Source: Sherman Publications

‘He’ll know when he has his cap and gown on that it’s a special day’

by Susan Bromley

May 18, 2011

Brandon Twp.- Among several hundred local students graduating next month, Jason Rabideau is unique.

Jason won’t go on to college and he will never hold a job, but like most mothers, Kelly Rabideau is proud of her child and dreams of a happy future for her son, who has Dyggve-Melchior-Clausen Syndrome, a disorder so rare she knows of no other cases in the U.S., and says there is only about 50 worldwide.

On June 9, Jason will graduate from the Kingsley Montgomery School in Waterford. The school provides support for students with special needs. At 26-years-old students with severe impairments, like Jason, graduate.

“He’ll know when he has his cap and gown on that it’s a special day,” said Kelly. “There are nine or ten kids they will have a ceremony for.”

When he was a baby, Tim and Kelly Rabideau noticed their son was slightly behind in development, but they tried not to compare him to his twin sister, Katie, or their older sons, Jeremy and Joel. At 18-months-old, however, doctors measured the circumference of Jason’s head, which was smaller than normal, and found a cyst where brain cells should have been.

“That’s about when my world fell apart,” said Kelly.

When Jason was 2-years-old and had pneumonia, doctors discovered deformity in his bones, but it took many more years and doctor appointments before Jason was formally diagnosed at the age of 10 with Dyggve-Melchior-Clausen Syndrome (DMCS). According to the National Organization for Rare Disorders, DMCS is a “progressive genetic disorder characterized by abnormal skeletal development, microcephaly and mental retardation.”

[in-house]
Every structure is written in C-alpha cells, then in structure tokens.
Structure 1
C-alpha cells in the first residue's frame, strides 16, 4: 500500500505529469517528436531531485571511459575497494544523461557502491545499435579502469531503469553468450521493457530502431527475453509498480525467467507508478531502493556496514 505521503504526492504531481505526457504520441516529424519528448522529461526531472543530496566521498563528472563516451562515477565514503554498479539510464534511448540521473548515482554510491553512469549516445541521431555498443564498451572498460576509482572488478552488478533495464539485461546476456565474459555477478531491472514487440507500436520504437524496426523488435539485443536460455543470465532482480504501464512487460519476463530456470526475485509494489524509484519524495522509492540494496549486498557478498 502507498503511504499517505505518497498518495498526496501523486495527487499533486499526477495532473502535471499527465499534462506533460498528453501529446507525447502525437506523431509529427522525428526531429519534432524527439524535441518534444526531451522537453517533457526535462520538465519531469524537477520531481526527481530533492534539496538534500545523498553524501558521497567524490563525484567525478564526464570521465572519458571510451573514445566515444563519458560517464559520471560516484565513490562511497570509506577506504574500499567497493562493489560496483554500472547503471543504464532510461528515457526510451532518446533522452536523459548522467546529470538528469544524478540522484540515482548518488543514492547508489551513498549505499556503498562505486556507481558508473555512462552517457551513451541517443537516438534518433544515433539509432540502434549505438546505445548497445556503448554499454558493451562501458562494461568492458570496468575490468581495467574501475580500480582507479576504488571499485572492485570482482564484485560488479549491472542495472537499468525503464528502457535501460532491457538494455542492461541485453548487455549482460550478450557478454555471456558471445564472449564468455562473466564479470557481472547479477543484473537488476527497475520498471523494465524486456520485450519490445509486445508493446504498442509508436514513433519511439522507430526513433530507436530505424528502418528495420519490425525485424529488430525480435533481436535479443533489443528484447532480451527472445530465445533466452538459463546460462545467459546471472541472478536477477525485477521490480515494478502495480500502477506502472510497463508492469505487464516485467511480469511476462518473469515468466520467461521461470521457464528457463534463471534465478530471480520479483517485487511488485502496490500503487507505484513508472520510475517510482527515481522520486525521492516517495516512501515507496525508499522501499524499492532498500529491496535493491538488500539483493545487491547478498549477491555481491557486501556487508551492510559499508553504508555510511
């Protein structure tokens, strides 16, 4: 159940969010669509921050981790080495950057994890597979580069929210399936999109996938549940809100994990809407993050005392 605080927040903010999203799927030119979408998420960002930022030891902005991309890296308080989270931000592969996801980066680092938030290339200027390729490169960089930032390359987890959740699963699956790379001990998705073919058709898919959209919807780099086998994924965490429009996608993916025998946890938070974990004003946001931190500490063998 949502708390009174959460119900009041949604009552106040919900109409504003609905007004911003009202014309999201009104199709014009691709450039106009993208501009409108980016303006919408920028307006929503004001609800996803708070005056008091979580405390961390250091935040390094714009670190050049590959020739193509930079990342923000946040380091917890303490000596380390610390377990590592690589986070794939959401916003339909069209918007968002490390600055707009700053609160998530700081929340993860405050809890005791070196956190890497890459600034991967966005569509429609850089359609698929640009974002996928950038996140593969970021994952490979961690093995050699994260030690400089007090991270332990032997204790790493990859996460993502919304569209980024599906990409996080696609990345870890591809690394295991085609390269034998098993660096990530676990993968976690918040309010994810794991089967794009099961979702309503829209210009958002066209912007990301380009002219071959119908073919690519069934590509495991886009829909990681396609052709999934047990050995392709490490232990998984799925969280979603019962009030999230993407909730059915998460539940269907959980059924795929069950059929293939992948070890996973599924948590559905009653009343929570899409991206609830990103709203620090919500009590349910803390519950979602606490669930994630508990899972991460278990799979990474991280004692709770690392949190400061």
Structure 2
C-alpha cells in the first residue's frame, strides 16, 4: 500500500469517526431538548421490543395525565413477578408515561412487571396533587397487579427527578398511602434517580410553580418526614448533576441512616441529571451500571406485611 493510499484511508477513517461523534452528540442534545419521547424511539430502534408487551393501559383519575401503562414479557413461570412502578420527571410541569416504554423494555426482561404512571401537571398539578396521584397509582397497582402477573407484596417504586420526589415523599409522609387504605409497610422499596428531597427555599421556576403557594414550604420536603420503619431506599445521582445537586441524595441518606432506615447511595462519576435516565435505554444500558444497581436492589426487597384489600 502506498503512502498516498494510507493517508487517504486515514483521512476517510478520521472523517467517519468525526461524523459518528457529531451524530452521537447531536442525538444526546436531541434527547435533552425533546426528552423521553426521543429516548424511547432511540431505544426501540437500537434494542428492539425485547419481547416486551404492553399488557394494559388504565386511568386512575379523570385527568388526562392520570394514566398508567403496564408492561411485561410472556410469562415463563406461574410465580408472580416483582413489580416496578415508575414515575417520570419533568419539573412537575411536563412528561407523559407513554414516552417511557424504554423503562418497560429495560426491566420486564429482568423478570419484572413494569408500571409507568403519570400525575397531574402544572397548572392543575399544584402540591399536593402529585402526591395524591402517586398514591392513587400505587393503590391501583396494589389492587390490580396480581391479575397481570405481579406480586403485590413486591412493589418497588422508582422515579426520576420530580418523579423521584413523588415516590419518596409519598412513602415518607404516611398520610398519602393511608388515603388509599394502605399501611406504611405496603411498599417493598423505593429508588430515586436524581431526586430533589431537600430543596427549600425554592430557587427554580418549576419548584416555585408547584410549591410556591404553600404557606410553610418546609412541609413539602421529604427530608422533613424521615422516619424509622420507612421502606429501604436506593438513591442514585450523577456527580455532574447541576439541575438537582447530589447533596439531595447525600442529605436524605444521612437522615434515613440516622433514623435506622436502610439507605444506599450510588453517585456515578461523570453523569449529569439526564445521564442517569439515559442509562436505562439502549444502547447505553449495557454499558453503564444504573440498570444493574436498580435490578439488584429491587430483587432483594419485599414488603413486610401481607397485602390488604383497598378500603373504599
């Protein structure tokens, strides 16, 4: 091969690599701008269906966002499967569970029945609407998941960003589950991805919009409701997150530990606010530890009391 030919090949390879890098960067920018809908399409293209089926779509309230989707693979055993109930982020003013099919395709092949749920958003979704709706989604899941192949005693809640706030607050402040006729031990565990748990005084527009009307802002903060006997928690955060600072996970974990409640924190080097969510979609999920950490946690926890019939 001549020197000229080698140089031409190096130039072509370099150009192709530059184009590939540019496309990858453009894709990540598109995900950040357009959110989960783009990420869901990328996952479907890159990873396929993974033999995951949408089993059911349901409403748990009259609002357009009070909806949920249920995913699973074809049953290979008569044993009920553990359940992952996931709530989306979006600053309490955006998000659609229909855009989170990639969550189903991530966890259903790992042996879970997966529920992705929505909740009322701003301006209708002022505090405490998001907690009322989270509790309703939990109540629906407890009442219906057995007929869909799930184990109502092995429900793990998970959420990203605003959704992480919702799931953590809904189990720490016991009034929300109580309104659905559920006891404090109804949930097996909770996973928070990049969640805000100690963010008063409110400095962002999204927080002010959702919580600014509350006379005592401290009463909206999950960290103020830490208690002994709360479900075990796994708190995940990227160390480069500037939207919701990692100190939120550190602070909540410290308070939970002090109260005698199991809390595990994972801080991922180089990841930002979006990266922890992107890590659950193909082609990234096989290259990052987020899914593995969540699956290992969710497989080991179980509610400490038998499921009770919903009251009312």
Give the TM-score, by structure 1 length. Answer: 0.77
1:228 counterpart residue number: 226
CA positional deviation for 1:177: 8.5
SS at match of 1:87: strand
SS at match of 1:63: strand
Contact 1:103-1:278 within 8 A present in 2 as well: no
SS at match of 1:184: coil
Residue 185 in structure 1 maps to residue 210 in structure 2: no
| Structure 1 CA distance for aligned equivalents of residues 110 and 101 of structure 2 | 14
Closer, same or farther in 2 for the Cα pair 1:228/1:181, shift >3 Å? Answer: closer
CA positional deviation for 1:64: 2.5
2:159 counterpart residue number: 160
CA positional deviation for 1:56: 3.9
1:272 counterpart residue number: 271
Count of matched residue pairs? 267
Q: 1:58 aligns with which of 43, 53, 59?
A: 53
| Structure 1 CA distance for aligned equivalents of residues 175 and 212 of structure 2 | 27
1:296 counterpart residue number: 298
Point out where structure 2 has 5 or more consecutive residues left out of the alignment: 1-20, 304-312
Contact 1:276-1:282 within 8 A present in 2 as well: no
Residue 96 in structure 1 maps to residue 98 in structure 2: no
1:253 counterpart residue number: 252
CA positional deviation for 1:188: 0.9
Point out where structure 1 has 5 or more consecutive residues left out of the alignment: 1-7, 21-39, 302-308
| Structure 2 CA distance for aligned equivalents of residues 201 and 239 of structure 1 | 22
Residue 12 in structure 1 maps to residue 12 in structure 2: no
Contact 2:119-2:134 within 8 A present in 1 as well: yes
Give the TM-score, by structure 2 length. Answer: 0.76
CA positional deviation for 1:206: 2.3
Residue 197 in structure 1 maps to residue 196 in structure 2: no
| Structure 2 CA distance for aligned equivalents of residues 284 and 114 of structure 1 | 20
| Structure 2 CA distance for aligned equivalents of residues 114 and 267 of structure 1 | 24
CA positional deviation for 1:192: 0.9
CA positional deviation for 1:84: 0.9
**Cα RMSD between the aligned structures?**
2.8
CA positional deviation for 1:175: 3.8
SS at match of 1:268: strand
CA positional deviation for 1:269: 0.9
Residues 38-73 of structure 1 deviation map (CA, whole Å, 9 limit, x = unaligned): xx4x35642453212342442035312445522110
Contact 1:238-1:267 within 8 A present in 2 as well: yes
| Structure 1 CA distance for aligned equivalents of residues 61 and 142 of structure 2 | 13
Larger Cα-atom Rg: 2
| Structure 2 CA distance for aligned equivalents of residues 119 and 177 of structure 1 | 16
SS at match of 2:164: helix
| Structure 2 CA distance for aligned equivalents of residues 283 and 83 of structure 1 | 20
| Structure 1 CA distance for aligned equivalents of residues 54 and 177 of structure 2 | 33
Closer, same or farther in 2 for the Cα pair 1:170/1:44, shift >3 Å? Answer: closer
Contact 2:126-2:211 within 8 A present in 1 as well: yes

“When he was younger, you wouldn’t have been able to tell,” said Kelly. “Now he has more trouble walking, arthritis, and joint pain. At 18 he had a spinal fusion, because he was at high risk of being paralyzed from the neck down. Mentally, he is about the age of a 3- or 4-year-old. He’s a good kid though, he make us laugh all the time.”

Jason has been attending Kingsley Montgomery for many years, but he spent his early years in Brandon Schools, as part of an inclusion program and it was there that he learned to talk.

“The language part was a blessing,” said Kelly. “His vocabulary is limited, but if he’s thirsty he tells me he wants milk. He can’t hold a conversation, but sometimes he surprises us and says a sentence.”

Janet Terryah has been a Brandon School District bus driver for 20 years. She drove Jason to school when he went to elementary here, and as the special needs bus driver for the past five years, she drives him and nine other Brandon residents to Kingsley Montgomery in Waterford, as well as one more to a school in Birmingham. The students range in age from 9-26.

“It’s a lot of fun, because they are very comical,” said Terryah. “We have a good time, it’s a long ride for everyone and joke around and have a lot of fun. The minute Jason sits down, he starts talking. He blurts things out like ‘Merry Christmas.’ He likes to tell things to Santa. He likes to sing and loves music. His last day will be a very sad day. We’re losing him and one other, and it’s really going to be hard.”

Kelly appreciates all the care Terryah and Bus Aide Julie Henley have given to Jason.

“They have huge giant hearts, and always have smiles on their faces,” Kelly said. “They get to know the kids, see their personalities. It means a lot to know that your child is with someone like that. I will miss them.”

Besides enjoying music, Jason also loves basketball and videos. His favorite movies are “Forrest Gump” and “The Lion King.” After graduation, Jason will move on to a day program.

I’m a little nervous, he’s going into the next journey of his life,” said Kelly. “I am his voice, I have to make sure he enjoys what he’s doing— he has a purpose, too. He’ll be out more in the community, to the park, maybe to the mall, maybe out to eat... I knew this day would come, I just want him to be happy, to feel he has a purpose in his life and to be safe and loved and have a full life.”